If you’re bored of identikit Kiwi Sauvignons that taste as if they’ve emerged from the same enormous tank farm, this complex, Loire Valley-like example from one of Central Otago’s best producers will come as a pleasant respite. The estate is much better known for its superlative Pinot Noirs, but this biodynamic white deserves to be (almost) as famous. Fermented in old oak barrels, it has a mealy undertone to set alongside the flavours of lime, cream, grapefruit and gooseberry. It’s a very subtle number that wouldn’t look out of place in Sancerre, thanks to its chalky, palate-tingling freshness.
French law means that this Vin de France can’t carry a vintage, but the words “11ème année” are a chunky hint. It’s basically a declassified Châteauneuf du Pape, made in a slightly (and I mean slightly) lighter style. Given the high prices of CNDP these days, this is a great way to taste a stylish, full-throated blend of Grenache, Syrah and Mourvèdre at a more than reasonable price. Spicy and savoury with medium weight tannins, hints of rosemary and thyme and a core of sweet raspberry and bramble fruit. Perfect autumn drinking.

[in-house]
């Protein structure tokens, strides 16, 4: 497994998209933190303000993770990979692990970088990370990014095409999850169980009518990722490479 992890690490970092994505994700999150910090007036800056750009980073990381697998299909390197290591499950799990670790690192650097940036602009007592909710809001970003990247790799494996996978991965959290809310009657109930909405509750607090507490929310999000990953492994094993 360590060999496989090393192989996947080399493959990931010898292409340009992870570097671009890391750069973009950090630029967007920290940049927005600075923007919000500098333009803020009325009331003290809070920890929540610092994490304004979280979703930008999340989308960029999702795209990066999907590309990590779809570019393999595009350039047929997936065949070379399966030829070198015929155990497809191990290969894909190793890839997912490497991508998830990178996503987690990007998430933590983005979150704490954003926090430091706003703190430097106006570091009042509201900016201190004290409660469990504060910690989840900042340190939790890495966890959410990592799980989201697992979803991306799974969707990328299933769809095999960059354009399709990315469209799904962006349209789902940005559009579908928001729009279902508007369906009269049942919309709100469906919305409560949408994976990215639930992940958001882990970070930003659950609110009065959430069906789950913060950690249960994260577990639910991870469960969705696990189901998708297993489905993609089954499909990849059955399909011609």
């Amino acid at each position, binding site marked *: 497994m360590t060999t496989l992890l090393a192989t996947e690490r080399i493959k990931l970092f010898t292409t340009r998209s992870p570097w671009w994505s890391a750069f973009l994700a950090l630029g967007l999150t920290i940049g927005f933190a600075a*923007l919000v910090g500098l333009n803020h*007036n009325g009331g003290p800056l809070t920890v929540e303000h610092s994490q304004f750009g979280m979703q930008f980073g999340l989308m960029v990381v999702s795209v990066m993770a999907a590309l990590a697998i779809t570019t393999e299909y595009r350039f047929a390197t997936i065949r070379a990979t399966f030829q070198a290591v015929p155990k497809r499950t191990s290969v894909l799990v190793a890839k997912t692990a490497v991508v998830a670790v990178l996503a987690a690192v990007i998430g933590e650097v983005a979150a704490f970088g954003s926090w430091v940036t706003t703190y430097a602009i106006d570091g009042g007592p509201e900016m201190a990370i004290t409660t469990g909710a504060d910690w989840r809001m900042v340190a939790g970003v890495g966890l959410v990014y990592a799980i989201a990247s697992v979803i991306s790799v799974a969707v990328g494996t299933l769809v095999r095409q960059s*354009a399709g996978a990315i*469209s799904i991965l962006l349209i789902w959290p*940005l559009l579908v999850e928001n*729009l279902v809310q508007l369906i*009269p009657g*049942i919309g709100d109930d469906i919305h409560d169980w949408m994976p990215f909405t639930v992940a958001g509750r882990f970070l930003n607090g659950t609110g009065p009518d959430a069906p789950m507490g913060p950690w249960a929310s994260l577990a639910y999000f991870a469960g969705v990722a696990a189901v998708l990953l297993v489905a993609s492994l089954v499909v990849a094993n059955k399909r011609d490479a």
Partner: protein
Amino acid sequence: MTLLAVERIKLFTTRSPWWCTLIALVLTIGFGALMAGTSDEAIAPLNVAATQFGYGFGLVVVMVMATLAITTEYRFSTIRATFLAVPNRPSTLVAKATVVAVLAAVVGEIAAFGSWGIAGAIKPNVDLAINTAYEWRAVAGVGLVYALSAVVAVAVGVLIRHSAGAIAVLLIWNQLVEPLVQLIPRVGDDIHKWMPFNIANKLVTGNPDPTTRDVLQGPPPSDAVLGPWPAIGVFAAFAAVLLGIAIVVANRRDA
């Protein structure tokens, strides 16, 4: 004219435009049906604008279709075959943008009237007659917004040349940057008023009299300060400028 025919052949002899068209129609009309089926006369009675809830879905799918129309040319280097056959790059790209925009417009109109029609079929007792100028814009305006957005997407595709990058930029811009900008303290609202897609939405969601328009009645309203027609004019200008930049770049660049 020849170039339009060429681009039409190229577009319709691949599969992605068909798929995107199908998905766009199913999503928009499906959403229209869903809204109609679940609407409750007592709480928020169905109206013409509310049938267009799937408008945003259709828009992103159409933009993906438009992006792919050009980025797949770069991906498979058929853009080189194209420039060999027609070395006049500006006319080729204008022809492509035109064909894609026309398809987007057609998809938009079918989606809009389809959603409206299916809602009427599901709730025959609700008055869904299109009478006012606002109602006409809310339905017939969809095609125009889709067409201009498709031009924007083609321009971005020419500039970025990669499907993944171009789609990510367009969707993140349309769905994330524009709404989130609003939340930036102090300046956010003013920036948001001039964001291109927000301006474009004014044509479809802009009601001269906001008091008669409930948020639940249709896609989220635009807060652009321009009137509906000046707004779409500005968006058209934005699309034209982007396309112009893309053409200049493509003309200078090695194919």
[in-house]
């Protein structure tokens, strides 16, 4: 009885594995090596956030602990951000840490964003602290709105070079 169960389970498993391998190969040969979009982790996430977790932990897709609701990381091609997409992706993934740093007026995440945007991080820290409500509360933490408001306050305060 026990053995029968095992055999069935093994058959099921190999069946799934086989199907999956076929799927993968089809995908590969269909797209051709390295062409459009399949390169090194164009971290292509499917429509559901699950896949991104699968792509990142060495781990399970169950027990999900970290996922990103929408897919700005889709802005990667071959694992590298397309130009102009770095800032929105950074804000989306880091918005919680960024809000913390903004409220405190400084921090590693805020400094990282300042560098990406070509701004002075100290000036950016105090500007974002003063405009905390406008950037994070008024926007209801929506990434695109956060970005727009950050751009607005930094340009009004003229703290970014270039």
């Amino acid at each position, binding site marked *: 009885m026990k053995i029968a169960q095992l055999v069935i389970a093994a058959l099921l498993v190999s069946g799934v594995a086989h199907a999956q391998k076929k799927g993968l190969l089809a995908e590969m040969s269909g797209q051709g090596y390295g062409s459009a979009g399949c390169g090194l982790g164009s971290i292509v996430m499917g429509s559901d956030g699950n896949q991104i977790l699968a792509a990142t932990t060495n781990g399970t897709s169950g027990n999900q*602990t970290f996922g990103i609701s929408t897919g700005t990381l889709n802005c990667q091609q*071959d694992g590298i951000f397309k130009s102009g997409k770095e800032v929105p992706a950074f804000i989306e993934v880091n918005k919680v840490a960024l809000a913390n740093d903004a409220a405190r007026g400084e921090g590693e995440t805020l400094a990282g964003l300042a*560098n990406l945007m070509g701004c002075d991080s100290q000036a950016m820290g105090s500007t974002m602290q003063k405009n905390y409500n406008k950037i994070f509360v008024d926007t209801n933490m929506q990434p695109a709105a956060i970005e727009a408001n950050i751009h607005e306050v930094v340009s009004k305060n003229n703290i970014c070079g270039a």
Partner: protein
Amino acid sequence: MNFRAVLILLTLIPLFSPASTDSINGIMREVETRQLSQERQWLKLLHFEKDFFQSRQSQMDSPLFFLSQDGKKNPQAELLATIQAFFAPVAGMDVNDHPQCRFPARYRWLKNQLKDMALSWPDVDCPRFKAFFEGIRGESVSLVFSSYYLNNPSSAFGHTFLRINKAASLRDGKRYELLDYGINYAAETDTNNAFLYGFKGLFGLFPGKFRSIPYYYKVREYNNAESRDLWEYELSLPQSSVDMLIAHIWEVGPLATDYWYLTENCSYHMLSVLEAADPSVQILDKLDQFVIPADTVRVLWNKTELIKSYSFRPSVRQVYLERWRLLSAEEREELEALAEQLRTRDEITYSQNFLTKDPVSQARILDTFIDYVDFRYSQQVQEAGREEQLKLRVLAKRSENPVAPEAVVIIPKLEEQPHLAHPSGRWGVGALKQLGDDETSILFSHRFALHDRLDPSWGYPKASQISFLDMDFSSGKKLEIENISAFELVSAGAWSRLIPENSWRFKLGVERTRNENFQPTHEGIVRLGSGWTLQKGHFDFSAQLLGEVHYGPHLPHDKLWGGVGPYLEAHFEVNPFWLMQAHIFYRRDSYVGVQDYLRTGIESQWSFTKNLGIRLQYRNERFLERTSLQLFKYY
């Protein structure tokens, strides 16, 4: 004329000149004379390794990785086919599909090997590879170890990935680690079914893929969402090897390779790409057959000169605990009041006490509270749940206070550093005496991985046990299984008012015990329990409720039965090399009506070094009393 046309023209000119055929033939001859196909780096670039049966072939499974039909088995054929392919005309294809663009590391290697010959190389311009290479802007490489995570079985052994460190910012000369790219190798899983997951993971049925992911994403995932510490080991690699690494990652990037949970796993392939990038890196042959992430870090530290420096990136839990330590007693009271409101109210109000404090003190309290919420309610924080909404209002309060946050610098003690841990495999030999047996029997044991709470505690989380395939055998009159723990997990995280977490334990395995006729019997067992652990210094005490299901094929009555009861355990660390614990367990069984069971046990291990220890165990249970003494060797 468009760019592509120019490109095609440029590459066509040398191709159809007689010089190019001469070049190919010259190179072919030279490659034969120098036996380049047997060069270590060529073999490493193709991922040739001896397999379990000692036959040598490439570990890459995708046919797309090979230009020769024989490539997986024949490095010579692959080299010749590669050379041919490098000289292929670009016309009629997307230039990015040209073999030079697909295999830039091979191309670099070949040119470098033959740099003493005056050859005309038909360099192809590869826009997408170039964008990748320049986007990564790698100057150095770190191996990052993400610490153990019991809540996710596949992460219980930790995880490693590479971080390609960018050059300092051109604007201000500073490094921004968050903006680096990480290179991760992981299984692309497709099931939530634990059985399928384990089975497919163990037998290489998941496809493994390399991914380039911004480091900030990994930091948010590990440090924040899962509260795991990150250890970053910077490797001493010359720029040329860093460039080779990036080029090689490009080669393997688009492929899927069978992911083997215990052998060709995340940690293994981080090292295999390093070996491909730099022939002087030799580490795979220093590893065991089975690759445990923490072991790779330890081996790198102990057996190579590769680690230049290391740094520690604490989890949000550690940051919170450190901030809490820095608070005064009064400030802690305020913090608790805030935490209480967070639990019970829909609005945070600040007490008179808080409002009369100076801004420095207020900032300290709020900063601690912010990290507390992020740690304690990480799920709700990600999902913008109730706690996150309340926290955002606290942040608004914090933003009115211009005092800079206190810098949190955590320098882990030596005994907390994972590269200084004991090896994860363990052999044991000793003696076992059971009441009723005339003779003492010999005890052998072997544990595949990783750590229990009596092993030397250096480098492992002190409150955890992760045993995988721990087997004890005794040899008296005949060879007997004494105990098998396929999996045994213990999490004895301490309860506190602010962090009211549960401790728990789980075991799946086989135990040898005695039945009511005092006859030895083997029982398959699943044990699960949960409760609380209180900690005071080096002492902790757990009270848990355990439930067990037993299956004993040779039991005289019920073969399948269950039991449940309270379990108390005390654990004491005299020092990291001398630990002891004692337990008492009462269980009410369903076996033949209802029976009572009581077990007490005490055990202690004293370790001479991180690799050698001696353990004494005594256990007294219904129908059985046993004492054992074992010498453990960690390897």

Vermentino, or Rolle, is one of those grapes that should be more widely planted, partly because it retains acidity and freshness in warm climates, but also because it has plenty of flavour. This is typical of the variety, and at a very appealing price: orange peel and citrus zest with an undertone of Mediterranean herbs and a tangy aftertaste. Perfect for the last few days of summer.
Alain Graillot and his son, Maxime, make some of the best value wines in the northern Rhône Valley, often on a par with more expensive fare from nearby Hermitage. This blend of mostly Marsanne with 20% Roussanne is a stunner: aromatic, mealy and very complex, with notes of brown toast, fresh flowers, oatmeal, peach and citrus fruit. The oak is very subtle, while the finish is long and staisfying. It will age nicely too under screwcap.